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Raymond and Thomas Kwok, joint chairmen of Hong Kong’s biggest real estate company Sun Hung Kai Properties and two of Asia’s richest property tycoons, have been arrested in Hong Kong on suspicion of corruption.
Two of Asia’s richest property tycoons have been arrested in Hong Kong on suspicion of corruption.
Billionaire brothers Raymond and Thomas Kwok, joint chairmen of Hong Kong’s biggest real estate company Sun Hung Kai Properties, were arrested Thursday by the Independent Commission Against Corruption (ICAC) in connection with a probe into suspected bribery offences, the firm said in a statement, according to The New York Times.
Sun Hung Kai said the ICAC had issued a search warrant for its offices and the company had “been required to provide certain information with regard to the allegations,” adding that the “arrests have not affected and will not affect the normal business and operations of the Group,” according to Fox News.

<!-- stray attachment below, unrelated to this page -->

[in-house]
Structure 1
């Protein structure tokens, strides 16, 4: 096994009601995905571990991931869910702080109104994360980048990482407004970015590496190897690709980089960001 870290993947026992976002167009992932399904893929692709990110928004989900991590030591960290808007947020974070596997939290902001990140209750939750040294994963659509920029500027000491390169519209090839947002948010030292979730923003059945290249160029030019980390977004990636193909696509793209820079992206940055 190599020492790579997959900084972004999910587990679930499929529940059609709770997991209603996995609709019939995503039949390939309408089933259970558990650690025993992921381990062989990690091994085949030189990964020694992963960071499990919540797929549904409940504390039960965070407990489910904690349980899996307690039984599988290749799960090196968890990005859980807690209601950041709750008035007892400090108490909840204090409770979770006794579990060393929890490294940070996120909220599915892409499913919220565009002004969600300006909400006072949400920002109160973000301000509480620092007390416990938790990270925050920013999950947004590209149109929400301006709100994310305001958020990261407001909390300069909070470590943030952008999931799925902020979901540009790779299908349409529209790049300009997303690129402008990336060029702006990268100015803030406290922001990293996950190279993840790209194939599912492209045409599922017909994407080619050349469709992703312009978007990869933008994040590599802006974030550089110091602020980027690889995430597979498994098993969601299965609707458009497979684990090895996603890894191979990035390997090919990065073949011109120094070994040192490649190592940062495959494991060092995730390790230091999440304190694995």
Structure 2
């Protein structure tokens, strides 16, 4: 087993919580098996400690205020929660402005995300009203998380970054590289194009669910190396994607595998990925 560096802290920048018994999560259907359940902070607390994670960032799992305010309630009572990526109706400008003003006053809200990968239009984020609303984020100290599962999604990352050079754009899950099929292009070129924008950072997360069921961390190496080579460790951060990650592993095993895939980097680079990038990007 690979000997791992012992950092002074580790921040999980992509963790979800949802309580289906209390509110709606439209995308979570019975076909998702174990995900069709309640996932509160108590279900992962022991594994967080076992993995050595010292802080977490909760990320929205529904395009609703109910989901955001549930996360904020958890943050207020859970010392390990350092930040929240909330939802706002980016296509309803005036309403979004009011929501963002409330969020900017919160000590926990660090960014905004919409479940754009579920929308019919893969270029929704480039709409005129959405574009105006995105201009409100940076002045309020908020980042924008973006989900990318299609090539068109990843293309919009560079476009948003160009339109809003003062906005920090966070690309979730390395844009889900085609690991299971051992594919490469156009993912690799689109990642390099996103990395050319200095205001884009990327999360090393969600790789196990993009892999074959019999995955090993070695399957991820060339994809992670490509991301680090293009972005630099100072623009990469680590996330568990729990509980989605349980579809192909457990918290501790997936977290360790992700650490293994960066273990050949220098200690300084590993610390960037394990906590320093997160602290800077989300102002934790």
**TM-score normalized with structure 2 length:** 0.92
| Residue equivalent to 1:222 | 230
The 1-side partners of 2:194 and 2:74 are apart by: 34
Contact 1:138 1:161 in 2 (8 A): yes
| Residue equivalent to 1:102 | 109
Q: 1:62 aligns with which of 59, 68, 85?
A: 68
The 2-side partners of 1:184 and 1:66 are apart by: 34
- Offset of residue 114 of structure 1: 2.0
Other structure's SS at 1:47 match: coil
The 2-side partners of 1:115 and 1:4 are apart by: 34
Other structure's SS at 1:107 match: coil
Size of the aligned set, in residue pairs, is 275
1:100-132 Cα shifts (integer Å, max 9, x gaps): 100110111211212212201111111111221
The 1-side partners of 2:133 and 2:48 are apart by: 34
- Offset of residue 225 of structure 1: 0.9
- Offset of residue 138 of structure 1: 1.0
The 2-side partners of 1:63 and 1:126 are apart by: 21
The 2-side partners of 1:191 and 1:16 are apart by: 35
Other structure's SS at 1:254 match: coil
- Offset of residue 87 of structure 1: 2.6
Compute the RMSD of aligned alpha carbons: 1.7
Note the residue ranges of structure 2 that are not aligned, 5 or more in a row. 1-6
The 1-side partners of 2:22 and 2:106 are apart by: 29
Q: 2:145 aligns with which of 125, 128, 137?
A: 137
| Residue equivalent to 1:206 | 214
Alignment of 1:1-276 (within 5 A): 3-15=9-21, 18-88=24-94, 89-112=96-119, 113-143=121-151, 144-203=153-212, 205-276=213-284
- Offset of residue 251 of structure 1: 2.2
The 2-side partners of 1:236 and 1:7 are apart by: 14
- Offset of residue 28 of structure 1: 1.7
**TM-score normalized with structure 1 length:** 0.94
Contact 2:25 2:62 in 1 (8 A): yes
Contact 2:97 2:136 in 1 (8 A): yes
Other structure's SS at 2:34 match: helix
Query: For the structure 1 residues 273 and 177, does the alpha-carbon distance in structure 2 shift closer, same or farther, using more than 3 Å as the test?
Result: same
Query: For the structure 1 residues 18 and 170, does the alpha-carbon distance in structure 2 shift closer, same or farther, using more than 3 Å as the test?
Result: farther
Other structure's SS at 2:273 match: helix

The ICAC also arrested Hong Kong’s former No. 2 official, Rafael Hui, on suspicion of bribery and misconduct in public office, The Wall Street Journal reports.
No charges have been filed against Hui or the Kwok brothers, who inherited their late father’s property empire and took over at the helm of Sun Hung Kai after ousting their elder sibling Walter in 2008.
The brothers possess the second-biggest family fortune in Hong Kong according to Forbes magazine, and their firm has built some of the most iconic skyscrapers on the city’s skyline.
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The ICAC was established in 1974 to tackle widespread corruption in the Hong Kong government and in the police forces. It operates as a law-enforcement agency, empowered to arrest and hold suspects and prosecute cases in cooperation with the Department of Justice, according to Reuters.
Steve Vickers, former commander of the police Criminal Intelligence Bureau, told the news agency that the timing of the arrests was interesting, with the city’s widening wealth gap fuelling criticism of perceived collusion between property developers and government officials.
“These cases are notoriously difficult to prosecute,” he said. “It will be interesting to see whether charges emerge or not.”
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